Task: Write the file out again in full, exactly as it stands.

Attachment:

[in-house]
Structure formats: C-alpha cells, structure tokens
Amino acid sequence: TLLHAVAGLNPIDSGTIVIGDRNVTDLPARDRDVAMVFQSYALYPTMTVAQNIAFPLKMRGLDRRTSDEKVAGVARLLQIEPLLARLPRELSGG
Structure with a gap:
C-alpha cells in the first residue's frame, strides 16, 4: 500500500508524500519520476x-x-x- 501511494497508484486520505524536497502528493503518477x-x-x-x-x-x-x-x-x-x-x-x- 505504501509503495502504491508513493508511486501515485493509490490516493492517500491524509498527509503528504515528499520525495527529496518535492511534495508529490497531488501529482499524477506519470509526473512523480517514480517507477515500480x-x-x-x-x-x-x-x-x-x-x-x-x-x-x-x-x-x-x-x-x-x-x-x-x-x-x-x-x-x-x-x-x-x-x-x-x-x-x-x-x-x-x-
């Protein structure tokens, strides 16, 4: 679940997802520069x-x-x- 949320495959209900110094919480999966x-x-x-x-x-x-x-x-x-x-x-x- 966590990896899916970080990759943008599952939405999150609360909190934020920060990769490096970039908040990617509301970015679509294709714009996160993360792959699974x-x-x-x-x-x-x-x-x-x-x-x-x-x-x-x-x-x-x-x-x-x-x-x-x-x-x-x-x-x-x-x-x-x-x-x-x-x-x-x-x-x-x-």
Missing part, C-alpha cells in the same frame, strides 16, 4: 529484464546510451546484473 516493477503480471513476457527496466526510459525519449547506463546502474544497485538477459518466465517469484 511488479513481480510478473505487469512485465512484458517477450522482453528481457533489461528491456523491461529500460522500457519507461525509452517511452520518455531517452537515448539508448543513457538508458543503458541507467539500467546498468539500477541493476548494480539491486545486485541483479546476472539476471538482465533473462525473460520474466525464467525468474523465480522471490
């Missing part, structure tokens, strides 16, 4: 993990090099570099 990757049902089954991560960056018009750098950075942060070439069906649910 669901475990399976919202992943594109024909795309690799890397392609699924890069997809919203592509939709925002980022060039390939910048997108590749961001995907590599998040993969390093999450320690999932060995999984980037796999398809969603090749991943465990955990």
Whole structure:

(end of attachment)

[in-house]
Structure formats: C-alpha cells, structure tokens
Amino acid sequence: TLLHAVAGLNPIDSGTIVIGDRNVTDLPARDRDVAMVFQSYALYPTMTVAQNIAFPLKMRGLDRRTSDEKVAGVARLLQIEPLLARLPRELSGG
Structure with a gap:
C-alpha cells in the first residue's frame, strides 16, 4: 500500500508524500519520476x-x-x- 501511494497508484486520505524536497502528493503518477x-x-x-x-x-x-x-x-x-x-x-x- 505504501509503495502504491508513493508511486501515485493509490490516493492517500491524509498527509503528504515528499520525495527529496518535492511534495508529490497531488501529482499524477506519470509526473512523480517514480517507477515500480x-x-x-x-x-x-x-x-x-x-x-x-x-x-x-x-x-x-x-x-x-x-x-x-x-x-x-x-x-x-x-x-x-x-x-x-x-x-x-x-x-x-x-
């Protein structure tokens, strides 16, 4: 679940997802520069x-x-x- 949320495959209900110094919480999966x-x-x-x-x-x-x-x-x-x-x-x- 966590990896899916970080990759943008599952939405999150609360909190934020920060990769490096970039908040990617509301970015679509294709714009996160993360792959699974x-x-x-x-x-x-x-x-x-x-x-x-x-x-x-x-x-x-x-x-x-x-x-x-x-x-x-x-x-x-x-x-x-x-x-x-x-x-x-x-x-x-x-």
Missing part, C-alpha cells in the same frame, strides 16, 4: 529484464546510451546484473 516493477503480471513476457527496466526510459525519449547506463546502474544497485538477459518466465517469484 511488479513481480510478473505487469512485465512484458517477450522482453528481457533489461528491456523491461529500460522500457519507461525509452517511452520518455531517452537515448539508448543513457538508458543503458541507467539500467546498468539500477541493476548494480539491486545486485541483479546476472539476471538482465533473462525473460520474466525464467525468474523465480522471490
């Missing part, structure tokens, strides 16, 4: 993990090099570099 990757049902089954991560960056018009750098950075942060070439069906649910 669901475990399976919202992943594109024909795309690799890397392609699924890069997809919203592509939709925002980022060039390939910048997108590749961001995907590599998040993969390093999450320690999932060995999984980037796999398809969603090749991943465990955990």
Whole structure: